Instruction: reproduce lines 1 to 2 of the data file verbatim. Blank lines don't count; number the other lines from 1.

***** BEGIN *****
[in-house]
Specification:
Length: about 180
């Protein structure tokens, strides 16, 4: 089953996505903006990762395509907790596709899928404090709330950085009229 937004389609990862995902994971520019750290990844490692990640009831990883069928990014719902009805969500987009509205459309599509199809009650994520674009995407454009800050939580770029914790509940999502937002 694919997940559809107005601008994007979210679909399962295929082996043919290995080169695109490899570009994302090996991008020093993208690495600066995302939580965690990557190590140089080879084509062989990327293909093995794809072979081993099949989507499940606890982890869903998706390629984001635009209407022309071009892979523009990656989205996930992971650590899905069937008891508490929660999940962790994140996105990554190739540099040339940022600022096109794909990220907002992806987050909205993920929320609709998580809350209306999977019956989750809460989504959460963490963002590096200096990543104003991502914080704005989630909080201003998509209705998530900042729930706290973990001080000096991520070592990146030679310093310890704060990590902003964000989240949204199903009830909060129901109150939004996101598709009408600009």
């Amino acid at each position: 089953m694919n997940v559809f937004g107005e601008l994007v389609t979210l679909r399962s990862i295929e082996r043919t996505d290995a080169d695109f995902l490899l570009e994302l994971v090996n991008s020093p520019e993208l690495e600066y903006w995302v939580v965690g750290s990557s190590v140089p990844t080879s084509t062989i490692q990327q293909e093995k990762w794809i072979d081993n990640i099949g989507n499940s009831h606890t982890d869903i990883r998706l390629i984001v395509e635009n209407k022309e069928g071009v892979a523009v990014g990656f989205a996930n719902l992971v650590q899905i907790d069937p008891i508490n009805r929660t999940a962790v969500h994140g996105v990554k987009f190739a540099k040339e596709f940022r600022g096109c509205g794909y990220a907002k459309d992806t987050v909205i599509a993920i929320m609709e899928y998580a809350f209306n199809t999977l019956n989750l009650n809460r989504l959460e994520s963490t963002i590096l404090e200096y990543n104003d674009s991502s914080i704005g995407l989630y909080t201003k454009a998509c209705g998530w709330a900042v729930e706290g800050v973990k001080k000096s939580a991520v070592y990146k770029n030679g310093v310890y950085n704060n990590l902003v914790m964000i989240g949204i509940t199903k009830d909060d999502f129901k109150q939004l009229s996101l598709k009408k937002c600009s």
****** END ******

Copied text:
[in-house]
Specification: